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back to article Microsoft flings out emergency patch for Iatest gaping IE hole

Microsoft has announced plans to release an out-of-band patch today tackling a critical zero-day hole in Internet Explorer. The update will almost certainly tackle an unpatched remote-code execution flaw in earlier versions of IE (detailed in Microsoft Security Advisory 2794220) that has become the target of hacker attacks since …

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Not such a pain!

Patches outside the regular Patch Tuesday update are a pain for administrators and Redmond has done a good job in cutting down their frequency over the last three or four years. Microsoft has been battle-hardened from years of combating Windows bugs and its security practices have become an example to the rest of the industry. Some also argue that it encourages hackers to divert their attention away from Redmond and towards exploiting vulnerabilities in third-party software, most particularly Java and Adobe applications.

They may be a pain, but getting infected is a bigger one for me. I welcome them with open arms.

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Meh

An

A patch to patch the patched patch.

I feel safer now.

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Re: An

Well surely you feel safer seeing as the patch that patched the patch that patched the previous patch that also patched the previous patch should be better than all the previous ones.

What do you want them to do? Patch it once with a bad patch then ignore it no matter what?

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FAIL

"IE 9 has been available since March 2011"

If you're running vista or above, many corporate environments still have large collections of XP (occasionally older) machines.

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And that is becoming Microsoft's albatross. Even people I know who like Internet Explorer are getting annoyed that their perfectly usable XP machines are vulnerable like this.

Corporate policy is currently an absolute ban on Internet Explorer for internet surfing (lots of intranet stuff is, of course, IE only). Microsoft is going to continue to haemorrhage market share as a result of this and encourage suits to use their I-Pads even more: IE dropped around 20 % last year and Safari gained 10 %. Getting those users back is going to be difficult.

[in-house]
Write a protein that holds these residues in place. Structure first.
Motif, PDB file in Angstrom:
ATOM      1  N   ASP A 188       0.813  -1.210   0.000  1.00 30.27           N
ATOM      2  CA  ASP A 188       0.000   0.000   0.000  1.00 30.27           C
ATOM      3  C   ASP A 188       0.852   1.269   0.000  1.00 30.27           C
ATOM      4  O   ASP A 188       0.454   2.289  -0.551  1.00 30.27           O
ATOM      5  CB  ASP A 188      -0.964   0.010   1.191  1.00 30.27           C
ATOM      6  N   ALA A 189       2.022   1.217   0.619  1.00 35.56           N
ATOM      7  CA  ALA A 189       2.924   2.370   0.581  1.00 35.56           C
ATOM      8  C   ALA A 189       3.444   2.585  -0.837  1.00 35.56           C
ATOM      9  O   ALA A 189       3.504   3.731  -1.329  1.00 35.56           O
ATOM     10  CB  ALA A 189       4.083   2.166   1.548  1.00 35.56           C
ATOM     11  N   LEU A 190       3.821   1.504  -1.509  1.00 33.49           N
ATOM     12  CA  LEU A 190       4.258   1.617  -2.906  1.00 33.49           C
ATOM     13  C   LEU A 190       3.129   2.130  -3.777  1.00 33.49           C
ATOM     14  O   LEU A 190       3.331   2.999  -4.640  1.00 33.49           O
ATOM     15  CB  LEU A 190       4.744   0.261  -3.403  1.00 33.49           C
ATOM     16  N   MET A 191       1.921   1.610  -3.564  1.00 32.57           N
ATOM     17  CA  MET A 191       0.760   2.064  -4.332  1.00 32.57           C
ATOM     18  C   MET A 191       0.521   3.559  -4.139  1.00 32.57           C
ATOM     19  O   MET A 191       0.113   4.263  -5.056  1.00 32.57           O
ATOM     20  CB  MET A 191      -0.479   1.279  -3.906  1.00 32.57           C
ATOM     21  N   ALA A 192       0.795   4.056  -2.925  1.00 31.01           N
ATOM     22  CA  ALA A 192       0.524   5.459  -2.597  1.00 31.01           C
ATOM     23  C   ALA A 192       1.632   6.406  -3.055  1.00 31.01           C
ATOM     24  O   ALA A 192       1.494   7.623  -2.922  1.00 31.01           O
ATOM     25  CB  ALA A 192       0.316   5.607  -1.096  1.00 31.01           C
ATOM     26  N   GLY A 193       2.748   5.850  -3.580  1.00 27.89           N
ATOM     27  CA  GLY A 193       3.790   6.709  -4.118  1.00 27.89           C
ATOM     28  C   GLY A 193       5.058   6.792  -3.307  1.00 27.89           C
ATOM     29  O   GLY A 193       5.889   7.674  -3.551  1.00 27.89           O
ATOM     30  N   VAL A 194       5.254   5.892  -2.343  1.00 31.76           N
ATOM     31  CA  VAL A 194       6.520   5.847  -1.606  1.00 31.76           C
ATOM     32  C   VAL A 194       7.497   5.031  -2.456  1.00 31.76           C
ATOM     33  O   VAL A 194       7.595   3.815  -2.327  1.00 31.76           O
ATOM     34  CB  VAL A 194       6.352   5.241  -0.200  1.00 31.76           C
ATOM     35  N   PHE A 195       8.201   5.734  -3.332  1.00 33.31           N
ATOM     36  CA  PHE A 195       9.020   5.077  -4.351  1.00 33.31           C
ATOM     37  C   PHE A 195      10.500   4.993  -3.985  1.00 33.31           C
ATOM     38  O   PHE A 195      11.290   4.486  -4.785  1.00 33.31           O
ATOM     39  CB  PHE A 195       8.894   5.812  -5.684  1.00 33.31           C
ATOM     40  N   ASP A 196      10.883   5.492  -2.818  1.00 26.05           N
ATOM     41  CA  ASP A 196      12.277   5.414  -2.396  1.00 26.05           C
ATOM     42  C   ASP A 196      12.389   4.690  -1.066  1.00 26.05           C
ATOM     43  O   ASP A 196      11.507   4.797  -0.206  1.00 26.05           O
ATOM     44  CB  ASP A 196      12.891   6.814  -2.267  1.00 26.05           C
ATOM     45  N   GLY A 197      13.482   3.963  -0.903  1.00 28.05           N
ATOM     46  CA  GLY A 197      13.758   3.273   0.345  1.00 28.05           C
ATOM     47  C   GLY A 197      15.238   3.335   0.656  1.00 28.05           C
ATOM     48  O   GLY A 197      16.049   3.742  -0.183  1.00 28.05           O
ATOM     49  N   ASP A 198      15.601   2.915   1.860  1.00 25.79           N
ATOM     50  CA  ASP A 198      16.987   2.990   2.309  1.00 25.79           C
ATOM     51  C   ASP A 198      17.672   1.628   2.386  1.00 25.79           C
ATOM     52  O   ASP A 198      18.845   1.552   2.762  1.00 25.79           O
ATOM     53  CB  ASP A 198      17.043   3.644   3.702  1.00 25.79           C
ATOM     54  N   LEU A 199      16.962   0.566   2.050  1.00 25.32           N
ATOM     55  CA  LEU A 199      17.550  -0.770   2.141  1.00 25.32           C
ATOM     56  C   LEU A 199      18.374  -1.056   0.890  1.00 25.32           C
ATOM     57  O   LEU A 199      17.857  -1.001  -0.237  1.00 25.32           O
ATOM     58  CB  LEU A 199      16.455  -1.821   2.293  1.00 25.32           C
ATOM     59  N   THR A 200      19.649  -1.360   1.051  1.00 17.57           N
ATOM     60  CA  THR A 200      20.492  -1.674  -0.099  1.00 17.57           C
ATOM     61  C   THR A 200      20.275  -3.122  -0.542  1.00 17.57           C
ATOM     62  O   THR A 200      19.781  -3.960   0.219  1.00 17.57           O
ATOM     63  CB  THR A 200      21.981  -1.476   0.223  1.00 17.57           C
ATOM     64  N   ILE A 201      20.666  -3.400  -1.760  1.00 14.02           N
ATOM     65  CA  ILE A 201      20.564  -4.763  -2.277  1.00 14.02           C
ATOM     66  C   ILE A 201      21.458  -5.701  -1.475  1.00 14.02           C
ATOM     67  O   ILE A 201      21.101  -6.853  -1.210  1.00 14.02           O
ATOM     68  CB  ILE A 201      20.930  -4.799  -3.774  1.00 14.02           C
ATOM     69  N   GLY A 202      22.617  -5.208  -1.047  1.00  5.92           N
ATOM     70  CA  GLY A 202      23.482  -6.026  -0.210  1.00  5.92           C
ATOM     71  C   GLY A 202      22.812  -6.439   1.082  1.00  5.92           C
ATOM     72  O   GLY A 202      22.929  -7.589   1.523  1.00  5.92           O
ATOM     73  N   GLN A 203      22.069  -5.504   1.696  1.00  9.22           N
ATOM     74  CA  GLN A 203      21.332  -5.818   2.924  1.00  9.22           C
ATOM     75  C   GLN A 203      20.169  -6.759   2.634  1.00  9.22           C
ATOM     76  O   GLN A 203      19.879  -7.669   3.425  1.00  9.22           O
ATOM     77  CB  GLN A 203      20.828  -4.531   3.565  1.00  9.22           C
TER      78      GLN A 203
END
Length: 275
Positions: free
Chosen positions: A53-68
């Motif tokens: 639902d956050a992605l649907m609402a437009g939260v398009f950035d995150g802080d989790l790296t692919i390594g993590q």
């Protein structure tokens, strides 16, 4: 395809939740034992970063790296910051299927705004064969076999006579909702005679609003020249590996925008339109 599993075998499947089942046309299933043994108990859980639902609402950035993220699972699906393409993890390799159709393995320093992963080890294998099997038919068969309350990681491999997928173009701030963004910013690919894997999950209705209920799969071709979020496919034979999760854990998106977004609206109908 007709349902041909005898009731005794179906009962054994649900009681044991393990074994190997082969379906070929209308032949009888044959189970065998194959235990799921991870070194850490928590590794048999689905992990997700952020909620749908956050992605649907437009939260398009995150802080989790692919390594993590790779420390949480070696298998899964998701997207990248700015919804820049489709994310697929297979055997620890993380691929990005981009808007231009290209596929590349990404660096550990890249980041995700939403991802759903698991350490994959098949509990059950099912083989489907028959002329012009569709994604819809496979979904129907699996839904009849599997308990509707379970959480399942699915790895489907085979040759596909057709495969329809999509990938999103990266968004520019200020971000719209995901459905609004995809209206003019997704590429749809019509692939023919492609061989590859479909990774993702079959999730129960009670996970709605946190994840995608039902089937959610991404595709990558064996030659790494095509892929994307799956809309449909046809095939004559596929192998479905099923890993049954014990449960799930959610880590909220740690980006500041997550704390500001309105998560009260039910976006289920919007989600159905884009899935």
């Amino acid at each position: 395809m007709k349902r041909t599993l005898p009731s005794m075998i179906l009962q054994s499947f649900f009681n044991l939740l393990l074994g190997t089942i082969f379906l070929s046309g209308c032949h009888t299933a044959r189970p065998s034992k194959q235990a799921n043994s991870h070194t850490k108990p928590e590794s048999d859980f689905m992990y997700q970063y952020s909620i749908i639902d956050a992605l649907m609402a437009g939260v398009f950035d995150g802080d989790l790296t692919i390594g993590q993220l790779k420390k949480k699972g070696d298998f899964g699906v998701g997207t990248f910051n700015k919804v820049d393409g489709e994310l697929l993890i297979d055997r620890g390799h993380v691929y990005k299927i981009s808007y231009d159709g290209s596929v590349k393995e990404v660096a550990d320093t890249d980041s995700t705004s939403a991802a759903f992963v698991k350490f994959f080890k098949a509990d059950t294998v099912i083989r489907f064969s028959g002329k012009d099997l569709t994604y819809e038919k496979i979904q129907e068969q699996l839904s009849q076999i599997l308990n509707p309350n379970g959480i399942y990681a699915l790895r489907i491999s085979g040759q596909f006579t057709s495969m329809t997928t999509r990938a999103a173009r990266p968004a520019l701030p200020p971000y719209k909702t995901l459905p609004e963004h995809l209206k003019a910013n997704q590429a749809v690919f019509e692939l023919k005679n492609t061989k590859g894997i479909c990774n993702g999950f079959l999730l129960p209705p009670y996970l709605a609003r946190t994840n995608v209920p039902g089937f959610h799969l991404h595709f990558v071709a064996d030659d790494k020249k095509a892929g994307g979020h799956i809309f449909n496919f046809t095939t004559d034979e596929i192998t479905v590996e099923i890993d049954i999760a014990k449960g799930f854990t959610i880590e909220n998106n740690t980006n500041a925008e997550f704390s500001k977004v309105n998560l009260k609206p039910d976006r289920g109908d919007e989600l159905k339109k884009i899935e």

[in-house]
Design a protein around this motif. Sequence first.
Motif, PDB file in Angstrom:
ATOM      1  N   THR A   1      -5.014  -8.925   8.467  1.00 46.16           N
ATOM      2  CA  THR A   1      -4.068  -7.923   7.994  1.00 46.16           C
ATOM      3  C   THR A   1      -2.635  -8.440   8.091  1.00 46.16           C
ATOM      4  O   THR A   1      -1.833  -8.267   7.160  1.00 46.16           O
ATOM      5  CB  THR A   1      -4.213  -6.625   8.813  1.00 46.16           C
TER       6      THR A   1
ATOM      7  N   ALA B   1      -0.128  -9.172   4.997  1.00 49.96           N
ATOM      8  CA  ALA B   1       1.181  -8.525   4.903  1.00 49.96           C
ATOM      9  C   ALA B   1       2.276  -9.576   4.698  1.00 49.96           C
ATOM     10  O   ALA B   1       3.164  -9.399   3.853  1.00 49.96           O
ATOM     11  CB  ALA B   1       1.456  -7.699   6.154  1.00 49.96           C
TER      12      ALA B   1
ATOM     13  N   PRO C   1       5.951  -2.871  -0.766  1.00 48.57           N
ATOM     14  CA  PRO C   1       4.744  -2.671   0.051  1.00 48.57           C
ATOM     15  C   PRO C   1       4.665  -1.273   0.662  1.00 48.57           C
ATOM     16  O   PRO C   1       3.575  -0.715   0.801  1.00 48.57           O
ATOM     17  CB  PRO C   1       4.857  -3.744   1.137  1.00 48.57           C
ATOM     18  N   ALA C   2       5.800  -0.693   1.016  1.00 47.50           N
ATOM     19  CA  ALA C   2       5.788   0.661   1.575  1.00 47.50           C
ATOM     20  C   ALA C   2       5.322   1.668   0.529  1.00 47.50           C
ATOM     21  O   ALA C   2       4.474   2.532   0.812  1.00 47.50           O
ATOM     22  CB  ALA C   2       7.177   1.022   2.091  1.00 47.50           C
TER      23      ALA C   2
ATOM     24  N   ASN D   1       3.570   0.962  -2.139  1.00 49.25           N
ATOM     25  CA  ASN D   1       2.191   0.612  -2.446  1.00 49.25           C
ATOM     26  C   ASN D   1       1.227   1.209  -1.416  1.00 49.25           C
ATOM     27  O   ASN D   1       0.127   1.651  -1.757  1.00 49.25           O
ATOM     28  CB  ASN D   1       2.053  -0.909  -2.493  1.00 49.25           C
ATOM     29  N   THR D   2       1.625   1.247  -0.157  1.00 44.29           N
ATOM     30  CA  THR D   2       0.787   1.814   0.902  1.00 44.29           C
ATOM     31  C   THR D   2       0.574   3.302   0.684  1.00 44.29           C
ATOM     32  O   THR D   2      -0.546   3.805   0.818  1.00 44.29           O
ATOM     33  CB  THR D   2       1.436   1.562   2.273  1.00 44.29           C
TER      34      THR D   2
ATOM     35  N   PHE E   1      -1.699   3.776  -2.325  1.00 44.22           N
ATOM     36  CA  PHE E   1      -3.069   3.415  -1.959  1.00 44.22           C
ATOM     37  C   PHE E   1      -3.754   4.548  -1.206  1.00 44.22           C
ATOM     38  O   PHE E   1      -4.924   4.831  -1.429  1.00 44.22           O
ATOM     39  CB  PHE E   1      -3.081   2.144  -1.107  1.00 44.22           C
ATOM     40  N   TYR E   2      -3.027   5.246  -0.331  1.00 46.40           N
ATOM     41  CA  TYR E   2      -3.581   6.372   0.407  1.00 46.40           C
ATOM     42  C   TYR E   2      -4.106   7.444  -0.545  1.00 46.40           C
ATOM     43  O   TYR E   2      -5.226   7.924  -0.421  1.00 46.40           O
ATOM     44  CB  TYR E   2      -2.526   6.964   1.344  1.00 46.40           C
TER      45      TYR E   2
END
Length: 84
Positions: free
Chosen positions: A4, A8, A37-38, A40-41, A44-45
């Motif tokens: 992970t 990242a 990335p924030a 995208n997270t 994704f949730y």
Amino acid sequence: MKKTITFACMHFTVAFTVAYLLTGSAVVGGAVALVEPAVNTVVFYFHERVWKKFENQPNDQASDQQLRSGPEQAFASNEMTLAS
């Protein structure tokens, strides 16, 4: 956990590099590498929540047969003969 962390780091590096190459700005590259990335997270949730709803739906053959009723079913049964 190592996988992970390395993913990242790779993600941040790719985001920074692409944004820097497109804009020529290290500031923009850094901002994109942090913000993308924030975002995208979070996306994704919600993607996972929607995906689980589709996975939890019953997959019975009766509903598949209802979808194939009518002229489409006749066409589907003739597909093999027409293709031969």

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Re: Yet another Microsoft Security FAIL.

All browsers have vulnerabilities and all vulnerabilities can be used to compromise systems. However, at least other browsers can be reliably uninstalled from a machine.

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Anonymous Coward

Re: Yet another Microsoft Security FAIL.

Eadon - IE is sandboxed, and it is outside of the kernel. If Firefox, Chrome or Opera are compromised, assuming any sandboxing present is also compromised, they can still operate in the user context in which they are being run, just like IE. Now that may mean that software can or can't be installed or system settings changed, depending upon the user's rights, but it does still mean that there is full access to the user's files, which can still be corrupted or held to ransom, should remotely installed malware allow that.

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Meh

Re: Yet another Microsoft Security FAIL.

Eadon, I always admire the way you capitalise the word 'fail' It never fails to make me pay more attention.

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Anonymous Coward

Re: Yet another Microsoft Security FAIL.

yup. if you could just point us to the flawless software that never needs a patch I'll point you to cloud-cuckooland.

Meanwhile, Microsoft for all their faults support their software as effectively as they can and for why I don't know get slagged off for it.

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IE sandbox

according to Microsoft it:

Affected Software: Microsoft Windows, Internet Explorer

Restart Requirement: Requires restart